Aggreko site generators were used in field trials

The work was also carried out in the knowledge that net zero cannot be achieved in isolation, and even the most ambitious businesses will struggle to make lasting changes without cooperating with partners and other supporting organisations across the supply chain.

Trialling greener upgrades

The field trials were based on lifting applications using two different types of tower crane at full working capacity (hoisting and slewing 12.5 tonne weights). Both cranes are used in SRM’s yard and in the field. All tests were run on HVO fuel.

Scenario 1: standard crane
The first scenario involved a 200kVA generator, which already represented a downsizing from SRM’s request for a 250kVA. This smaller model ran comfortably.

Aggreko also applied a 100kVA model, which was also able to handle the job without any loss in performance, then introduced batteries to the generator’s control mechanism to see if fuel consumption could be avoided entirely. This also met the crane’s demands, with SRM able to load materials onto three lorries for over two hours without the generator firing up. 

Data showed a maximum power of 94kW and an average fuel consumption of 37 litres per hour at this load.

  • The 200kVA had a max output of 160kW, so only ran at 58% of its total capacity, leaving 42% extra power unused.
  • Maximum readings never exceed 100kW, proving a smaller set up is better matched than the 250kVA generator originally specified.

Scenario 2: luffing crane
The second scenario used a bigger crane, at first running on a 320kVA generator to establish baseline data. Aggreko then introduced a 200kVA model, which could easily handle the crane’s demands. A battery hybrid was again introduced afterwards, and able to support the job, though greater care was needed from operators to avoid spikes in demand.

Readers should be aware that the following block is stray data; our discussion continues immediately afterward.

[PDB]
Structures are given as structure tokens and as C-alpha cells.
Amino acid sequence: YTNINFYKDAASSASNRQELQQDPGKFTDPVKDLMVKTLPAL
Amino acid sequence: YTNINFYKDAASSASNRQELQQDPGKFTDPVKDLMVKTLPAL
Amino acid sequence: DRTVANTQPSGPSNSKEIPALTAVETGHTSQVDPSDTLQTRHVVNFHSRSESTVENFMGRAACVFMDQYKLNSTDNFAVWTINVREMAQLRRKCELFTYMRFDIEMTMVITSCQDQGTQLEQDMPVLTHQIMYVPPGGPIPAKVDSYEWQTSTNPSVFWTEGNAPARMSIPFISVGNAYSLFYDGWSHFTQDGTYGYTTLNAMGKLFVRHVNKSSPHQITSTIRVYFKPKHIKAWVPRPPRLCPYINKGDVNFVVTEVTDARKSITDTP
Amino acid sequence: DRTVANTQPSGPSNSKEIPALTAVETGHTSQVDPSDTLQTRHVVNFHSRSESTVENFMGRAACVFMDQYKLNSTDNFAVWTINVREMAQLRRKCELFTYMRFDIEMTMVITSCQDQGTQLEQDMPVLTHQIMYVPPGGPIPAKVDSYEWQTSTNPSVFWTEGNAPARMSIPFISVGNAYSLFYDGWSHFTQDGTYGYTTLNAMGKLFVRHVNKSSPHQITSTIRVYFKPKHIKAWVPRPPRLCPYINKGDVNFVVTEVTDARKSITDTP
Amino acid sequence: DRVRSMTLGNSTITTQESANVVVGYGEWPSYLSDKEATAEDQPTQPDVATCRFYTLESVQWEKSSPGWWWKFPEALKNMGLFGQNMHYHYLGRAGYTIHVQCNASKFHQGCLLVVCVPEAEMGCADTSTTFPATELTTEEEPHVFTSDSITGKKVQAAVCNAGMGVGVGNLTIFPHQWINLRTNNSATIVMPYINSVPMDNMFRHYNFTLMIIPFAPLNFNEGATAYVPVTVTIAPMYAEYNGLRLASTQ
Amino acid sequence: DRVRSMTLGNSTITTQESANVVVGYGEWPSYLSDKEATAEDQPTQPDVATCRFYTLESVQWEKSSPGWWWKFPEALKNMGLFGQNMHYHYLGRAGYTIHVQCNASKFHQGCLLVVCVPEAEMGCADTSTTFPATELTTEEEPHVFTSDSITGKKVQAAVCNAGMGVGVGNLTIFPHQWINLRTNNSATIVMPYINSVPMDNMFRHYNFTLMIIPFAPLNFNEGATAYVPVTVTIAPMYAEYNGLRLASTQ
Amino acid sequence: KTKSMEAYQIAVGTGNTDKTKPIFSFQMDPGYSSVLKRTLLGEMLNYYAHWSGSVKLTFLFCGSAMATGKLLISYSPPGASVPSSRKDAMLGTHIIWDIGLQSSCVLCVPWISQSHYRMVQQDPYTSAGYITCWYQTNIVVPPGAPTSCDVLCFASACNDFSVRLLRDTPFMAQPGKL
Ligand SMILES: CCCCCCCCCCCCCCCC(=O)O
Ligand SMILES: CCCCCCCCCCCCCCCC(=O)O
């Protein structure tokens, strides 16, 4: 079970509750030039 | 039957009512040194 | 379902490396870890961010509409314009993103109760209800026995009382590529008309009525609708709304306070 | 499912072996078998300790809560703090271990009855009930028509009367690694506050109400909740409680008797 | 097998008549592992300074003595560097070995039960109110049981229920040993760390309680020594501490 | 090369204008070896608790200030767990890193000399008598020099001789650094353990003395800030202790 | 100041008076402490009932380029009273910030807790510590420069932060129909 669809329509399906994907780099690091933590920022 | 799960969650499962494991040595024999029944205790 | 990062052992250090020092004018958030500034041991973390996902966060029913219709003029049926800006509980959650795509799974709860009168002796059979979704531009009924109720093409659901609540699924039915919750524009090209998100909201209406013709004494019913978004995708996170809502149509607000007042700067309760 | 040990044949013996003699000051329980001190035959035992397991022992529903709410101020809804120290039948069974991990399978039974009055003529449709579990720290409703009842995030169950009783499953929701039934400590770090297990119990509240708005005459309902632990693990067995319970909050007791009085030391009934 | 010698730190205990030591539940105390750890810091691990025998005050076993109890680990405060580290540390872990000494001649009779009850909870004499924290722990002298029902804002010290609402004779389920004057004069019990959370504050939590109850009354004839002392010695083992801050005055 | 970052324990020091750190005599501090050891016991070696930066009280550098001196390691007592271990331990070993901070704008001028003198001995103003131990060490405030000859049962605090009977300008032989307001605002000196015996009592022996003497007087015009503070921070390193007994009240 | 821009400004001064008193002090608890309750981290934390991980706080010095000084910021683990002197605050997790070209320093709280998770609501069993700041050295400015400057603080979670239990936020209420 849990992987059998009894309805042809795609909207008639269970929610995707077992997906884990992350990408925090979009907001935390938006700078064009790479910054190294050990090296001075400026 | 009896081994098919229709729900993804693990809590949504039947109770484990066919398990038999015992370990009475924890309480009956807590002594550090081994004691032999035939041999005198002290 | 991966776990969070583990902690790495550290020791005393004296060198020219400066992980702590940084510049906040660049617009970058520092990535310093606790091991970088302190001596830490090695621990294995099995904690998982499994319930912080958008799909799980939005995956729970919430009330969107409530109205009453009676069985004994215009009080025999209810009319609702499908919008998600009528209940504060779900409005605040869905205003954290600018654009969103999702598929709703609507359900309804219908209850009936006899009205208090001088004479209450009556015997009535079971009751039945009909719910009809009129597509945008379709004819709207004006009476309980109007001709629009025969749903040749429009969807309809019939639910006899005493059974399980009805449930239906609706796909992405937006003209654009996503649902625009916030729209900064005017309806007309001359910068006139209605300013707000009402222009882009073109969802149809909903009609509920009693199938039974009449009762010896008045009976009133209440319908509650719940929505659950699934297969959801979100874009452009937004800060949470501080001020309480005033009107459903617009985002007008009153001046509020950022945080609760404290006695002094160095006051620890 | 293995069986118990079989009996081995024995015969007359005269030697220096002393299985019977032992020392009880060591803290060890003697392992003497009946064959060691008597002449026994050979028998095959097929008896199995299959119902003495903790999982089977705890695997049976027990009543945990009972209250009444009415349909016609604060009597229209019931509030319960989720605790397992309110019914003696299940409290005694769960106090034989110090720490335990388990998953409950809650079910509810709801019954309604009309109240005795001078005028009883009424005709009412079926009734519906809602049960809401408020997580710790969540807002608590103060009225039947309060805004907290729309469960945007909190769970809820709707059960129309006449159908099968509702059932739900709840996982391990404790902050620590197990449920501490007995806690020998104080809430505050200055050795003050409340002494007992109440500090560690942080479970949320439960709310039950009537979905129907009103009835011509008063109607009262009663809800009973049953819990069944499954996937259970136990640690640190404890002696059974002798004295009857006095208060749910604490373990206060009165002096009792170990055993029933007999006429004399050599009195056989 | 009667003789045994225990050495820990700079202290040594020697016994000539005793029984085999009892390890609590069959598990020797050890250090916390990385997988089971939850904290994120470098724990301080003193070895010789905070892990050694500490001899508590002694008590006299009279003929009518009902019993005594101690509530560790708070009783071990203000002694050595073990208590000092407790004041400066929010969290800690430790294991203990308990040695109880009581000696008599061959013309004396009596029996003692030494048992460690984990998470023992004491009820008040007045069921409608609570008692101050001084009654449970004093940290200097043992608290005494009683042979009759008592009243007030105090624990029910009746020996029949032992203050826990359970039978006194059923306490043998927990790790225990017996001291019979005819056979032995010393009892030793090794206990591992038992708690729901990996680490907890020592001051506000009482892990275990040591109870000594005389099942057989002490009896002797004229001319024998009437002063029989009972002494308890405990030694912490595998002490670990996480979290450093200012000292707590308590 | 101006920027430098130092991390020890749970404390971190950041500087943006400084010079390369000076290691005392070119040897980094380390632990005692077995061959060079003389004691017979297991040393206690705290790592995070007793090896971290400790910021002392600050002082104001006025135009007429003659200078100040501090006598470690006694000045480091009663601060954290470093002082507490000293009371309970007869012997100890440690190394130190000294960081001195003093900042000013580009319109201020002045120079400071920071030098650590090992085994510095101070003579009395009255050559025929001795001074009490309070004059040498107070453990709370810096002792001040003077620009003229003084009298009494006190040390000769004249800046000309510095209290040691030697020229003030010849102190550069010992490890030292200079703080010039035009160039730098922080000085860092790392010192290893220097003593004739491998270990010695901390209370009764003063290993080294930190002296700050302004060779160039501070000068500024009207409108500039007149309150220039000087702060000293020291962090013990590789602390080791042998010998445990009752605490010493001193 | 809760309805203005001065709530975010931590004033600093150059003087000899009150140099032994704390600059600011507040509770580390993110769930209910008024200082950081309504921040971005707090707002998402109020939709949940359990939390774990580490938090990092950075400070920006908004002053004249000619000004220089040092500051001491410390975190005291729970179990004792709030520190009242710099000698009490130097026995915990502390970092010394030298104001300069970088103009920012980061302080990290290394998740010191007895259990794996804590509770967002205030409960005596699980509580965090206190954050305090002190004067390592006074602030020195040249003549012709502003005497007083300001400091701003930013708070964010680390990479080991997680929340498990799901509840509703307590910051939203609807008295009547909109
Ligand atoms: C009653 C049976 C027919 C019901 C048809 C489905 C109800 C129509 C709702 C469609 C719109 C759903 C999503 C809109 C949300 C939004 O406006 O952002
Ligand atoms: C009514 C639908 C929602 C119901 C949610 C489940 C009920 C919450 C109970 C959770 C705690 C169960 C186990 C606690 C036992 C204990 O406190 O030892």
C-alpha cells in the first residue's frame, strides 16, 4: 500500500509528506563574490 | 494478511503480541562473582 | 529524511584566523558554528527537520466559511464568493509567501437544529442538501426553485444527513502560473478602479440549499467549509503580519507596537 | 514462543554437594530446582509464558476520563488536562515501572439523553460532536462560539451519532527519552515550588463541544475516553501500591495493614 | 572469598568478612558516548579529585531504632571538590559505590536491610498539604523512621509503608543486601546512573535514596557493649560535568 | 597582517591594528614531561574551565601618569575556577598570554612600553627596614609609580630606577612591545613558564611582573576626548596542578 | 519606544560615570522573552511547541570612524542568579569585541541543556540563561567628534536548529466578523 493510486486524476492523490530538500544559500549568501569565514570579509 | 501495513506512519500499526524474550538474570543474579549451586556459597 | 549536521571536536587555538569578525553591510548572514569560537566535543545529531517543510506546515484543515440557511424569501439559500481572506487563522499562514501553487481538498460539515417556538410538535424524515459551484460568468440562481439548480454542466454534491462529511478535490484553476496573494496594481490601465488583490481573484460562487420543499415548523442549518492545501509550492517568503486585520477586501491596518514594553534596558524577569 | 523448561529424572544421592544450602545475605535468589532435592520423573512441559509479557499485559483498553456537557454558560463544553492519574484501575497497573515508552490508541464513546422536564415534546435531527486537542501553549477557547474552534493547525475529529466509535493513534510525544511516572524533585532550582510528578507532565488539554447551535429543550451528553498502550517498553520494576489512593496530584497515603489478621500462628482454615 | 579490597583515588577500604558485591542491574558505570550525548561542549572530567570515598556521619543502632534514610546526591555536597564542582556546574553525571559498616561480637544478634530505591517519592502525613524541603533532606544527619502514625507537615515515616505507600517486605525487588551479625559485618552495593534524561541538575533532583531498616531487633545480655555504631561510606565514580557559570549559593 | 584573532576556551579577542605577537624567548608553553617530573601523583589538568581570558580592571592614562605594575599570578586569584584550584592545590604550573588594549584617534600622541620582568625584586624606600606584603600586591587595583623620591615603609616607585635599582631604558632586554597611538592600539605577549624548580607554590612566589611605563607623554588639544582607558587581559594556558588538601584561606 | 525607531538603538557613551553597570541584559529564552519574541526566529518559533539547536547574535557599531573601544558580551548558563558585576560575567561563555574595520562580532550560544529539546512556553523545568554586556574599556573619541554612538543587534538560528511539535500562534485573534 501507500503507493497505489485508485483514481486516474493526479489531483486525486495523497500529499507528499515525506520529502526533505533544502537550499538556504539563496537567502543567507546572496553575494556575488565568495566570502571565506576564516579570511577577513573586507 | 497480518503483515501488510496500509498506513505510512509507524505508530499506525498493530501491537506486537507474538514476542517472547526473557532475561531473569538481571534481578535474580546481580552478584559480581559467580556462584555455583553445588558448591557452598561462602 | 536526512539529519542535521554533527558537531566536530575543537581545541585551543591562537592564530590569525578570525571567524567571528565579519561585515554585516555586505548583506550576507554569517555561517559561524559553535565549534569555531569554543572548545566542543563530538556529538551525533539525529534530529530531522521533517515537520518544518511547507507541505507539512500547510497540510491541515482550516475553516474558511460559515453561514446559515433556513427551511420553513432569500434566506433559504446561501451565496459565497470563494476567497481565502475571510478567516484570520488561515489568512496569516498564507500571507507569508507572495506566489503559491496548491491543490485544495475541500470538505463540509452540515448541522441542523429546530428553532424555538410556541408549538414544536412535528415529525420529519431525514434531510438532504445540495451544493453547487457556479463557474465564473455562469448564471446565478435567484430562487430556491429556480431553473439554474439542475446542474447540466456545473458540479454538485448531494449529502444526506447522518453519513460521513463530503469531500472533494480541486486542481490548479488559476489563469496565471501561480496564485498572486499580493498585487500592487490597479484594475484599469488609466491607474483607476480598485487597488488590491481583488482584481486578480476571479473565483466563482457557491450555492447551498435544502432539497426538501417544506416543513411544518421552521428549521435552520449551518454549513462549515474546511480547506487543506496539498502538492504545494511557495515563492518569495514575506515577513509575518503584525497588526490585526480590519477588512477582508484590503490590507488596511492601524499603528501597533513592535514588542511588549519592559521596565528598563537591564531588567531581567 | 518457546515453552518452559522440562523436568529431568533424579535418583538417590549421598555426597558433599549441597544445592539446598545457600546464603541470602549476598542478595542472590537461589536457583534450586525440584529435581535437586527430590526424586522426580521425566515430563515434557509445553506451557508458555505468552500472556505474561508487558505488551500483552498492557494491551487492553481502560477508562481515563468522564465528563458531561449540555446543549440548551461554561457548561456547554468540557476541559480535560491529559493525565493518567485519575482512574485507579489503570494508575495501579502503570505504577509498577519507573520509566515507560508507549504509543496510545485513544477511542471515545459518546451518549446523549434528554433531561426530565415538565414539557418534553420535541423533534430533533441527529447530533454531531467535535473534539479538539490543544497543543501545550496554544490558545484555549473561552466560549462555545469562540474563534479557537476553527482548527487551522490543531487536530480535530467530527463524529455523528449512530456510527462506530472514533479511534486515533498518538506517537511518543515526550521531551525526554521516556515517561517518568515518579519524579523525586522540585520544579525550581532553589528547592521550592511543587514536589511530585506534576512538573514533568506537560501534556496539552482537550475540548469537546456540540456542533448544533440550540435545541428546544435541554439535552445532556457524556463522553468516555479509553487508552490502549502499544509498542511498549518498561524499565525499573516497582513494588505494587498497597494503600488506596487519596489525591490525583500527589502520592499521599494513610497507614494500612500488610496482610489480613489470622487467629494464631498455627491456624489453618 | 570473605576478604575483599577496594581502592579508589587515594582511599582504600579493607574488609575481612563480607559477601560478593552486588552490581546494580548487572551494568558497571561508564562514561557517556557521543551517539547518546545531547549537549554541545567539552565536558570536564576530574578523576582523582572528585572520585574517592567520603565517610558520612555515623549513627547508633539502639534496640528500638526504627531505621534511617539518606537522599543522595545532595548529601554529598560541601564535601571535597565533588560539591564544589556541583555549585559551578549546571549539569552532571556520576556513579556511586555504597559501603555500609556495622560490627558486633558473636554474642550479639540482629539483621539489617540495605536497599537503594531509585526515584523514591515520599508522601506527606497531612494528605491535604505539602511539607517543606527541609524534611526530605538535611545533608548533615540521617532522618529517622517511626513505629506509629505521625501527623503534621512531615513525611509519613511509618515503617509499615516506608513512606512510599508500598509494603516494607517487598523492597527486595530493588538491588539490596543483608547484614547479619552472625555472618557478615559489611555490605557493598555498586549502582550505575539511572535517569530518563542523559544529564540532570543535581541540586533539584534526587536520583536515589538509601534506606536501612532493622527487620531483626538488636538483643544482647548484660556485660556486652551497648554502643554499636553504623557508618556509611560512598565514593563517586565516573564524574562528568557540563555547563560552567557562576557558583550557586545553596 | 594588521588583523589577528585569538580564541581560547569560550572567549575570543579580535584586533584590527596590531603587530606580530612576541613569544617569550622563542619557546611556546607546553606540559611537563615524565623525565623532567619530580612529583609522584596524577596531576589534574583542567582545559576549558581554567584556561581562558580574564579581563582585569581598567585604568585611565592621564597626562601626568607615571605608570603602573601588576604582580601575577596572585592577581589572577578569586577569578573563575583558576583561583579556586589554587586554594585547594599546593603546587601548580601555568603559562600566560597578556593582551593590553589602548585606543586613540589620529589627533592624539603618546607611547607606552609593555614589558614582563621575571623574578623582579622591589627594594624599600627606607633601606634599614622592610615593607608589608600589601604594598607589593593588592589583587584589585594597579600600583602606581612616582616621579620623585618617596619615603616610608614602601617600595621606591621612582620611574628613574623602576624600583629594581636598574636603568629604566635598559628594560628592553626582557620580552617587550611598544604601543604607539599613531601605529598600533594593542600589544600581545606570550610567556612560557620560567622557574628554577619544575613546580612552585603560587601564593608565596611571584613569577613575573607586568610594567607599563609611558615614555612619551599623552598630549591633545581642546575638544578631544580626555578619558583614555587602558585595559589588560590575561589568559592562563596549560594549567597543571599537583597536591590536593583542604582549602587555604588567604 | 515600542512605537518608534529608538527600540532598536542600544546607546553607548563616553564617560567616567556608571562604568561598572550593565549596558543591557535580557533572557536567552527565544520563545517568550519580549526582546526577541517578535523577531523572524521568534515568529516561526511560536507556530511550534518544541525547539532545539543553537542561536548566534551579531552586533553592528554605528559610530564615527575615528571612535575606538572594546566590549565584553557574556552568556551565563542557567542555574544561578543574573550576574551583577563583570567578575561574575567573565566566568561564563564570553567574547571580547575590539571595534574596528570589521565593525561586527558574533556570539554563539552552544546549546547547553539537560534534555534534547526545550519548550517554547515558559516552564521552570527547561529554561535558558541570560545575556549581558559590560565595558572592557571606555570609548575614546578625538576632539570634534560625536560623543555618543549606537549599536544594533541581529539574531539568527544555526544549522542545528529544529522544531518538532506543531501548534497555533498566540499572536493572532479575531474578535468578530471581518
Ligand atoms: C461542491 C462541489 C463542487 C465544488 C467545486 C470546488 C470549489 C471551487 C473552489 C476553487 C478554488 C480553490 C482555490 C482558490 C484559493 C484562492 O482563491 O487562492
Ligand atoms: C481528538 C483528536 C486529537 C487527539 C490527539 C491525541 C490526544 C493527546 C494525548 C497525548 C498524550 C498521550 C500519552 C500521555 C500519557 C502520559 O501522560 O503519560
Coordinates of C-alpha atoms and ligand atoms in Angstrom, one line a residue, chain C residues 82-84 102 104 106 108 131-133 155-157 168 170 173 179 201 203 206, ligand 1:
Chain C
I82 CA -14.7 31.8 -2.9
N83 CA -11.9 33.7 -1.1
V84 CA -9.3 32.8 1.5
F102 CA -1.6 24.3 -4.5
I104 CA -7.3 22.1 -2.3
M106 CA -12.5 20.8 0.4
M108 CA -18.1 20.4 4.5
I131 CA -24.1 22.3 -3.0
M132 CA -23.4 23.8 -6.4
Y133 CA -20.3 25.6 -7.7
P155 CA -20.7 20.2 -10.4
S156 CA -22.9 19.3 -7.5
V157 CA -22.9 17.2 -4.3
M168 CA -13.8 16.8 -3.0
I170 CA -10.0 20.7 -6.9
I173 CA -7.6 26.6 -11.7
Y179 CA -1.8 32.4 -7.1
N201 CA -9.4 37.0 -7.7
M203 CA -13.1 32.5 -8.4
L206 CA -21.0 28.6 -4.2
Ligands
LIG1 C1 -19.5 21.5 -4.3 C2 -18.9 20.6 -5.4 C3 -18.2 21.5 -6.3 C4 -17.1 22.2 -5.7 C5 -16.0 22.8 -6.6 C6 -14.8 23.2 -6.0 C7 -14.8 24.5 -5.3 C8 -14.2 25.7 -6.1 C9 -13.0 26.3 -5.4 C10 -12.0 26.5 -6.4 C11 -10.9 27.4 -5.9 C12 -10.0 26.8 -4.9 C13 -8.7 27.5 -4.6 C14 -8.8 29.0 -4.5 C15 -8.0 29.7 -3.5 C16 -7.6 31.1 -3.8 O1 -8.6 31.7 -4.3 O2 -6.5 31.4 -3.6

Depot engineers operated the crane at full working capacity, lifting a 12.5 tonne weight while luffing and hoisting, so accurate loading could be determined.

  • Data showed a maximum power of 121kW and average fuel consumption of 18 litres per hour at this load.
  • The 320kVA model had a maximum output of 256kW, meaning 53% extra power was unused.

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The fuel and emissions savings listed are projections based on an average project window of 26 weeks

Emissions calculations are estimations and based on the assumption:

  • 1,000 litres of diesel (based on EN 16258 standard, ISO conditions and IPCC 2006) would result in 3.26 tonnes of CO2e
  • 1,000 litres of HVO (based on Neste 8g/MJ) would result in 275kg of CO2e
  • Diesel burns at roughly the same rate as HVO. 
Scenario 1

200kVA (diesel) to 100kVA battery hybrid (HVO)
Fuel savings: from 52,416 litres to 27,757 litres = ~ 47% decrease
Emissions savings: from 170,876kg of CO2e to 7,633kg of CO2e = ~ 95% decrease

200kVA to 100kVA battery hybrid (both running on HVO)
Fuel savings: from 52,416 litres to 27,757 litres = ~ 47% decrease
Emissions savings: from 14,414kg of CO2e to 7,633kg of CO2e = ~ 47% decrease

Scenario 2

320kVA (diesel) to 200kVA (HVO)
Fuel savings: from 96,096 litres to 52,926 = ~ 45% decrease
Emissions savings: from 313,272kg of CO2e to 14,554kg of CO2e = ~ 96% decrease

320kVA to 200kVA hybrid (both running on HVO)
Fuel savings: from 96,096 litres to 52,926 = ~ 45% decrease
Emissions savings: from 26,426kg of CO2e to 14,554kg of CO2e = ~ 45% decrease

What do these results mean for construction managers?

There are practical moves that can be made to reduce emissions – here is our checklist.

The results show construction managers can make practical swaps that deliver a significant drop in emissions, while also reducing the amount of fuel used and money spent on plant. Even tower cranes are capable of running on hybrids and HVO fuel, clearing the way for a wider phase-out of diesel on construction sites.

Arguably the most telling finding can be seen in the continued oversizing of generators. The plant that SRM originally used was still too large for powering the cranes, and a large percentage of the power was left unused. Aggreko has long been aware of this idling issue, and it serves to show how even minor changes can bring about profound improvements for the sustainability of UK construction.

Checklist for managers

  • Identify suppliers that can provide access to greener upgrades and more sustainable power solutions.
  • Determine where you can make immediate changes to save on fuel and emissions – can hybrid generators or HVO fuel be used instead of diesel?
  • Question if the generators you currently use are too big for a job – the results of the project in this CPD suggest all but the most demanding applications now require diesel generation.
  • Carry out thorough testing to establish what kinds of generators are best matched for each job on site – this will ensure they are always correctly sized and running optimally.

This article has been created by Construction Management in partnership with Aggreko